Ice is rigid and brittle — it would be astonishing to bend an icicle around a softball and have it spring back to its original straight shape. But that’s what researchers have now done, although on a much smaller scale.
They produced microscopic ice crystals that are not only elastic and flexible but that also transmit light remarkably well along their lengths. These “ice microfibers” could one day be used to study air pollution, the research team suggested in a paper published Thursday in Science.
Limin Tong, a physicist at Zhejiang University in China, and his colleagues said they were inspired to study ice after working with silica, a type of glass. Everyday experience teaches us that glass shaped into windows or drinking vessels is brittle, Dr. Tong said. But long, thin pieces of glass, like fiber optic strands, are flexible. Maybe the same is true of ice, the researchers hypothesized.
Ice occurs in a wide variety of natural settings like glaciers and icebergs, but Dr. Tong and his colleagues needed to make frozen water that matched very particular specifications. This ice had to be nearly perfect.
The team began by making a circular chamber just over an inch in diameter in a 3-D printer. Using liquid nitrogen, they cooled the space within the chamber to negative 58 degrees Fahrenheit. They then inserted tiny tools into this miniature laboratory, including a metal needle with 2,000 volts of electricity applied to it. That voltage created an electrical field, and water molecules present in the air responded to the field by settling on the needle. Very slowly, at a rate of roughly a hundredth of an inch per second, rodlike microfibers of ice grew from the tip of the needle.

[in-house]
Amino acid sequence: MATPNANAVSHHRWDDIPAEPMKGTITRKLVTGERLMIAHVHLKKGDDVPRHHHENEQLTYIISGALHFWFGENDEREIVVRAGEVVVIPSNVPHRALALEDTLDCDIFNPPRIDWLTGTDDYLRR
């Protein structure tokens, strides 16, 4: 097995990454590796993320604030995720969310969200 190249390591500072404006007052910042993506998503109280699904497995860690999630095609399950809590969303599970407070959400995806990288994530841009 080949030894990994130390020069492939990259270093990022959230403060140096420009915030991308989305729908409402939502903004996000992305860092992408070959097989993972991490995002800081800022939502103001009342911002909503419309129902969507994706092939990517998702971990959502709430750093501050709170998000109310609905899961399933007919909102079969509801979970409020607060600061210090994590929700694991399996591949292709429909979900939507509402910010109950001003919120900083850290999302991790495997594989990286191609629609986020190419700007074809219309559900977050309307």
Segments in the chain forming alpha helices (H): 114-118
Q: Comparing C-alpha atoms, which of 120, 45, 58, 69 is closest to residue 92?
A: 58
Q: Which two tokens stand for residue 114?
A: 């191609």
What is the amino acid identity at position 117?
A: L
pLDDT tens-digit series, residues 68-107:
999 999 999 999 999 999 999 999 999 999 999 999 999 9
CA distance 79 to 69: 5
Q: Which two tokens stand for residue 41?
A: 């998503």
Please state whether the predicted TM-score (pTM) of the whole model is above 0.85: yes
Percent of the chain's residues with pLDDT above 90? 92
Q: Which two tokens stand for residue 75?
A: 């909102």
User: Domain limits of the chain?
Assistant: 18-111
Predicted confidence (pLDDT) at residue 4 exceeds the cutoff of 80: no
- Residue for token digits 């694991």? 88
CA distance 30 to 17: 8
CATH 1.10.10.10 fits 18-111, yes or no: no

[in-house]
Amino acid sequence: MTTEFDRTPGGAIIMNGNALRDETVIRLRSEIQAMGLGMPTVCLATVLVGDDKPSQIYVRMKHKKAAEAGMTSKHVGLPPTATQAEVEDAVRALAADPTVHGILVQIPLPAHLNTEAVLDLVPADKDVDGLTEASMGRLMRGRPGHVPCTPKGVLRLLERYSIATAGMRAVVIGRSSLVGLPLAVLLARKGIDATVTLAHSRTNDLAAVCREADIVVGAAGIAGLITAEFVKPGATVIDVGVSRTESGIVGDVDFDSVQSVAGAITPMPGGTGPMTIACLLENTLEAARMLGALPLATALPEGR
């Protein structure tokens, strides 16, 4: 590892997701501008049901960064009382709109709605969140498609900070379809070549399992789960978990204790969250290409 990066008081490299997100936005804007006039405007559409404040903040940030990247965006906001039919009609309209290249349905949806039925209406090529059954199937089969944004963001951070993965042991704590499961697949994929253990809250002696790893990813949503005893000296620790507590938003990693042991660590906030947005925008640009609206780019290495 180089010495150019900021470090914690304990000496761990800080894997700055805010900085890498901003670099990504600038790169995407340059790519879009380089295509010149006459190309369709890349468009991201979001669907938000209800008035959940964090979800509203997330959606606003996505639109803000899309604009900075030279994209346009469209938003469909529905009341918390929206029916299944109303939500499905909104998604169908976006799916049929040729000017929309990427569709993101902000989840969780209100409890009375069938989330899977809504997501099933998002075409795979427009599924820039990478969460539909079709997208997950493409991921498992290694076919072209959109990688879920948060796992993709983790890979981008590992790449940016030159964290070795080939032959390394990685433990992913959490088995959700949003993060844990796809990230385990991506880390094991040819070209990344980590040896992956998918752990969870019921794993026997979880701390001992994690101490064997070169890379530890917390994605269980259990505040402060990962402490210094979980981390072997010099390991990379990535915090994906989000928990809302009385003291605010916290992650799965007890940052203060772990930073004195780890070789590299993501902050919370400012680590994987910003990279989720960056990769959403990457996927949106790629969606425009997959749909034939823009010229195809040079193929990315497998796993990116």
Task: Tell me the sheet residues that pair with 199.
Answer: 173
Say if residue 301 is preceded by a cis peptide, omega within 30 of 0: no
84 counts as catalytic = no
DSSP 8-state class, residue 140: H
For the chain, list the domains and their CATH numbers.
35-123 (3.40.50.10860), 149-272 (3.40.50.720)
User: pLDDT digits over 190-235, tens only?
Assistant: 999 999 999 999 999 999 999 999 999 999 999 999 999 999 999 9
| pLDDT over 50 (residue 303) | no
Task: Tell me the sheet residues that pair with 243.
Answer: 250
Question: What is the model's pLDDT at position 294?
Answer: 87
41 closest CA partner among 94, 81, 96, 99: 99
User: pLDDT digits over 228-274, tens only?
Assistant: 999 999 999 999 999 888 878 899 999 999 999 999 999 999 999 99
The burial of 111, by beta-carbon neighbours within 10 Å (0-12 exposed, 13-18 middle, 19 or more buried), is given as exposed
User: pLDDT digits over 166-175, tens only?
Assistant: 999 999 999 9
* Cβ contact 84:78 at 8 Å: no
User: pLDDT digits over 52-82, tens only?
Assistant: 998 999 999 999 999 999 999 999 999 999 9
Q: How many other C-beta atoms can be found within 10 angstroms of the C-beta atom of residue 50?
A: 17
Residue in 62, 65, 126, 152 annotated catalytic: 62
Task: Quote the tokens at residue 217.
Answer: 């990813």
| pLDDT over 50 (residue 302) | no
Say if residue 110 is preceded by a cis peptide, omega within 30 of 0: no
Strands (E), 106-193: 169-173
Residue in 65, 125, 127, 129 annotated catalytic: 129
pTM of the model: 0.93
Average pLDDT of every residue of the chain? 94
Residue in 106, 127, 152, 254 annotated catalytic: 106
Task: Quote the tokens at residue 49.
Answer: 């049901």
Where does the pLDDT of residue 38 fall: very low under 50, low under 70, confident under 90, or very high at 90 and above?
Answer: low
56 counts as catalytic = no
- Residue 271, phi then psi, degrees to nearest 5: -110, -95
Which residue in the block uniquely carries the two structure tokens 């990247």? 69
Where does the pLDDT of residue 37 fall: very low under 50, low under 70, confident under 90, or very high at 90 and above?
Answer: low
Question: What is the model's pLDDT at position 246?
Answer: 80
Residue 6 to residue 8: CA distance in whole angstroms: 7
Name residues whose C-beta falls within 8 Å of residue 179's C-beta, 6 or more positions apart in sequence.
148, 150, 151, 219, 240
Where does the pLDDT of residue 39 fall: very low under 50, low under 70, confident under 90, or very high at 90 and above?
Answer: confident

The microfibers never got very long — they could barely be seen with the naked eye — but high-resolution imaging revealed that they were single crystals. That means that the atoms within them are arranged in repeating patterns. “The atoms are ordered like honeycombs,” Dr. Tong said.
This structural perfection, paired with the microfibers’ relative lack of microscopic defects — such as tiny cracks, pores and missing atoms or molecules — renders them much more flexible than naturally occurring ice, said Erland Schulson, an ice scientist at Dartmouth College, who was not involved in the research.
“There are no grain boundaries, no cracks, no features that otherwise limit how much elastic strain a body can experience.”
To demonstrate that flexibility, Dr. Tong and his colleagues used microscopic tools to push on the microfibers. They showed that the ice could be bent like a cooked noodle into almost complete circles before returning, unchanged, to its original rodlike shape. “There was no permanent deformation,” said Dr. Schulson, who wrote a perspective article that accompanied the study in Science.
The team also found that the microfibers effectively transmitted light along their lengths. When the researchers sent visible light into one end of the microfibers, more than 99 percent emerged at the other end. They function just like fiber optic strands that enable fast internet communications, Dr. Tong said. “They can guide light from one side to the other.”
These microfibers could one day be used for studying air quality, the researchers suggest. Particles associated with pollution — soot and metals, for example — often stick to bits of ice in the atmosphere, where they change how the ice absorbs and reflects light. By building a microfiber from polluted ice and studying how light propagates through it, it may be possible to better understand the amount and type of pollution in a region, the team suggests.
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